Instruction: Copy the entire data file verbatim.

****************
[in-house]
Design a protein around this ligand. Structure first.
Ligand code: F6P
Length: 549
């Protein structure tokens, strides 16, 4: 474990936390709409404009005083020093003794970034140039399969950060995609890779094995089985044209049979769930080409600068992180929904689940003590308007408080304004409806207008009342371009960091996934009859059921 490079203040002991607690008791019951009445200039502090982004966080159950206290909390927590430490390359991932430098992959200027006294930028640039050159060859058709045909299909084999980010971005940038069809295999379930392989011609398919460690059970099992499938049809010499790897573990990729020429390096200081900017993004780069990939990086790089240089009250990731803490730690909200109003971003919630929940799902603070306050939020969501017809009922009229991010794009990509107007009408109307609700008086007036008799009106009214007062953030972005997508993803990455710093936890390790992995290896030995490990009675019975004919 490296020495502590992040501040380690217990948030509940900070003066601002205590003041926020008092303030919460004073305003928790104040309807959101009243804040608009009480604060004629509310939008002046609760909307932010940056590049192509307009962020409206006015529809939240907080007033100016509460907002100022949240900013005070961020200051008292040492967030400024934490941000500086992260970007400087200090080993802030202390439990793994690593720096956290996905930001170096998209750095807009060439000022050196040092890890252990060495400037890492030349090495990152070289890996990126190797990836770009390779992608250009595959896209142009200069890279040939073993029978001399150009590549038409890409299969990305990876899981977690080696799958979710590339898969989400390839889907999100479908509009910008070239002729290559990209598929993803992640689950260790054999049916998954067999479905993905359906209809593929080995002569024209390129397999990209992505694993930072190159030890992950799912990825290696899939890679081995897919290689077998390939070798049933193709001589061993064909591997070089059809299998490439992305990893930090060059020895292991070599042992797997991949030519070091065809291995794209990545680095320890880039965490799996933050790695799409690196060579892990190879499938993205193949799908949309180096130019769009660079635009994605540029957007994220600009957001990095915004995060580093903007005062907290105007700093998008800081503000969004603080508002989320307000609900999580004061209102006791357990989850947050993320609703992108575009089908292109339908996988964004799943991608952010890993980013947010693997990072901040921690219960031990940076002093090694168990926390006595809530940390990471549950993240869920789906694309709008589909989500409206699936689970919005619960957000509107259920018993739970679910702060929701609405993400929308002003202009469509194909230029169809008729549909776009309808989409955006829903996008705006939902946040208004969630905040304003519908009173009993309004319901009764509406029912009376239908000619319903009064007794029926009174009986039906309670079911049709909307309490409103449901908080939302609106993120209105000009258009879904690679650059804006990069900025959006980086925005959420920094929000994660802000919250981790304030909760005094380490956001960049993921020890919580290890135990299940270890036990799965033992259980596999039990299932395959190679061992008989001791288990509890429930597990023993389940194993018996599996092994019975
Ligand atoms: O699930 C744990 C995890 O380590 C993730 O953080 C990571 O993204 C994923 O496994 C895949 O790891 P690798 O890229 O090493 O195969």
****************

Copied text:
[in-house]
Design a protein around this ligand. Structure first.
Ligand code: F6P
Length: 549
């Protein structure tokens, strides 16, 4: 474990936390709409404009005083020093003794970034140039399969950060995609890779094995089985044209049979769930080409600068992180929904689940003590308007408080304004409806207008009342371009960091996934009859059921 490079203040002991607690008791019951009445200039502090982004966080159950206290909390927590430490390359991932430098992959200027006294930028640039050159060859058709045909299909084999980010971005940038069809295999379930392989011609398919460690059970099992499938049809010499790897573990990729020429390096200081900017993004780069990939990086790089240089009250990731803490730690909200109003971003919630929940799902603070306050939020969501017809009922009229991010794009990509107007009408109307609700008086007036008799009106009214007062953030972005997508993803990455710093936890390790992995290896030995490990009675019975004919 490296020495502590992040501040380690217990948030509940900070003066601002205590003041926020008092303030919460004073305003928790104040309807959101009243804040608009009480604060004629509310939008002046609760909307932010940056590049192509307009962020409206006015529809939240907080007033100016509460907002100022949240900013005070961020200051008292040492967030400024934490941000500086992260970007400087200090080993802030202390439990793994690593720096956290996905930001170096998209750095807009060439000022050196040092890890252990060495400037890492030349090495990152070289890996990126190797990836770009390779992608250009595959896209142009200069890279040939073993029978001399150009590549038409890409299969990305990876899981977690080696799958979710590339898969989400390839889907999100479908509009910008070239002729290559990209598929993803992640689950260790054999049916998954067999479905993905359906209809593929080995002569024209390129397999990209992505694993930072190159030890992950799912990825290696899939890679081995897919290689077998390939070798049933193709001589061993064909591997070089059809299998490439992305990893930090060059020895292991070599042992797997991949030519070091065809291995794209990545680095320890880039965490799996933050790695799409690196060579892990190879499938993205193949799908949309180096130019769009660079635009994605540029957007994220600009957001990095915004995060580093903007005062907290105007700093998008800081503000969004603080508002989320307000609900999580004061209102006791357990989850947050993320609703992108575009089908292109339908996988964004799943991608952010890993980013947010693997990072901040921690219960031990940076002093090694168990926390006595809530940390990471549950993240869920789906694309709008589909989500409206699936689970919005619960957000509107259920018993739970679910702060929701609405993400929308002003202009469509194909230029169809008729549909776009309808989409955006829903996008705006939902946040208004969630905040304003519908009173009993309004319901009764509406029912009376239908000619319903009064007794029926009174009986039906309670079911049709909307309490409103449901908080939302609106993120209105000009258009879904690679650059804006990069900025959006980086925005959420920094929000994660802000919250981790304030909760005094380490956001960049993921020890919580290890135990299940270890036990799965033992259980596999039990299932395959190679061992008989001791288990509890429930597990023993389940194993018996599996092994019975
Ligand atoms: O699930 C744990 C995890 O380590 C993730 O953080 C990571 O993204 C994923 O496994 C895949 O790891 P690798 O890229 O090493 O195969």